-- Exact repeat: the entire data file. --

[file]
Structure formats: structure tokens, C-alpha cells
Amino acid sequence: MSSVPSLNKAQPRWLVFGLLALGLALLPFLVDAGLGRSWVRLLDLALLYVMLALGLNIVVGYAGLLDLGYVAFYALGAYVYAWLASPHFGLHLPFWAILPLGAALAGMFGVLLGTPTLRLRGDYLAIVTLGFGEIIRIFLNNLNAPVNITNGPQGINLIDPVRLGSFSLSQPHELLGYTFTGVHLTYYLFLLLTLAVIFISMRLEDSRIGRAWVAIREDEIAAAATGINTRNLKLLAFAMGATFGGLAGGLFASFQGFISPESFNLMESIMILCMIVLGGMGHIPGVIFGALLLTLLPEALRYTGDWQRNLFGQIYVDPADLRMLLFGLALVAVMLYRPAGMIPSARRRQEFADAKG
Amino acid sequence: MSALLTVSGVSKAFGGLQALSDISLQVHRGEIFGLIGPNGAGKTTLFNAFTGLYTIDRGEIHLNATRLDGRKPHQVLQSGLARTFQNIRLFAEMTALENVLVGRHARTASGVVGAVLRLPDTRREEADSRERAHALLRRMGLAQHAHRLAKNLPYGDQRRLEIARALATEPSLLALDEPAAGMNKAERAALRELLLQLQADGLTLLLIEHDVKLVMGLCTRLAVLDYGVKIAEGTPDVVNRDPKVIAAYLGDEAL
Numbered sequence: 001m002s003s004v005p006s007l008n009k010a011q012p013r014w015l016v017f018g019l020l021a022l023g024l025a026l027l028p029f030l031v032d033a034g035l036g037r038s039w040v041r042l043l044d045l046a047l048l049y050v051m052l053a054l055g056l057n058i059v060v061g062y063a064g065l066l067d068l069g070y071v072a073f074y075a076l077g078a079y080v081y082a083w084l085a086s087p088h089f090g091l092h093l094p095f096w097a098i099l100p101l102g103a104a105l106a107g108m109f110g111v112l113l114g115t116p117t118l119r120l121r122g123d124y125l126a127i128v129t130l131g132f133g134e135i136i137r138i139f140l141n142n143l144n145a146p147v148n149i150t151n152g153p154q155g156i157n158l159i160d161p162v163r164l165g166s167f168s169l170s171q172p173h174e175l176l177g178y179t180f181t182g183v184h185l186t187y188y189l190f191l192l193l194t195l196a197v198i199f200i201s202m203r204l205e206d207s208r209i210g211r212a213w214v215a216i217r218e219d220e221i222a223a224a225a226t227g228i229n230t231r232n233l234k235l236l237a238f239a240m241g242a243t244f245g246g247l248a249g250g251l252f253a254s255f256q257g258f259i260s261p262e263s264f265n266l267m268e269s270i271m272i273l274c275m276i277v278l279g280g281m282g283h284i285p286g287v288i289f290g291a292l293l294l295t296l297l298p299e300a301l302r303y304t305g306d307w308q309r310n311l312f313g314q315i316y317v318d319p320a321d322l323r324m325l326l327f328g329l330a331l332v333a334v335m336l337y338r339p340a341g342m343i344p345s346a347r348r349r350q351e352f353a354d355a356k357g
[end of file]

Structure formats: structure tokens, C-alpha cells
Amino acid sequence: MSSVPSLNKAQPRWLVFGLLALGLALLPFLVDAGLGRSWVRLLDLALLYVMLALGLNIVVGYAGLLDLGYVAFYALGAYVYAWLASPHFGLHLPFWAILPLGAALAGMFGVLLGTPTLRLRGDYLAIVTLGFGEIIRIFLNNLNAPVNITNGPQGINLIDPVRLGSFSLSQPHELLGYTFTGVHLTYYLFLLLTLAVIFISMRLEDSRIGRAWVAIREDEIAAAATGINTRNLKLLAFAMGATFGGLAGGLFASFQGFISPESFNLMESIMILCMIVLGGMGHIPGVIFGALLLTLLPEALRYTGDWQRNLFGQIYVDPADLRMLLFGLALVAVMLYRPAGMIPSARRRQEFADAKG
Amino acid sequence: MSALLTVSGVSKAFGGLQALSDISLQVHRGEIFGLIGPNGAGKTTLFNAFTGLYTIDRGEIHLNATRLDGRKPHQVLQSGLARTFQNIRLFAEMTALENVLVGRHARTASGVVGAVLRLPDTRREEADSRERAHALLRRMGLAQHAHRLAKNLPYGDQRRLEIARALATEPSLLALDEPAAGMNKAERAALRELLLQLQADGLTLLLIEHDVKLVMGLCTRLAVLDYGVKIAEGTPDVVNRDPKVIAAYLGDEAL
Numbered sequence: 001m002s003s004v005p006s007l008n009k010a011q012p013r014w015l016v017f018g019l020l021a022l023g024l025a026l027l028p029f030l031v032d033a034g035l036g037r038s039w040v041r042l043l044d045l046a047l048l049y050v051m052l053a054l055g056l057n058i059v060v061g062y063a064g065l066l067d068l069g070y071v072a073f074y075a076l077g078a079y080v081y082a083w084l085a086s087p088h089f090g091l092h093l094p095f096w097a098i099l100p101l102g103a104a105l106a107g108m109f110g111v112l113l114g115t116p117t118l119r120l121r122g123d124y125l126a127i128v129t130l131g132f133g134e135i136i137r138i139f140l141n142n143l144n145a146p147v148n149i150t151n152g153p154q155g156i157n158l159i160d161p162v163r164l165g166s167f168s169l170s171q172p173h174e175l176l177g178y179t180f181t182g183v184h185l186t187y188y189l190f191l192l193l194t195l196a197v198i199f200i201s202m203r204l205e206d207s208r209i210g211r212a213w214v215a216i217r218e219d220e221i222a223a224a225a226t227g228i229n230t231r232n233l234k235l236l237a238f239a240m241g242a243t244f245g246g247l248a249g250g251l252f253a254s255f256q257g258f259i260s261p262e263s264f265n266l267m268e269s270i271m272i273l274c275m276i277v278l279g280g281m282g283h284i285p286g287v288i289f290g291a292l293l294l295t296l297l298p299e300a301l302r303y304t305g306d307w308q309r310n311l312f313g314q315i316y317v318d319p320a321d322l323r324m325l326l327f328g329l330a331l332v333a334v335m336l337y338r339p340a341g342m343i344p345s346a347r348r349r350q351e352f353a354d355a356k357g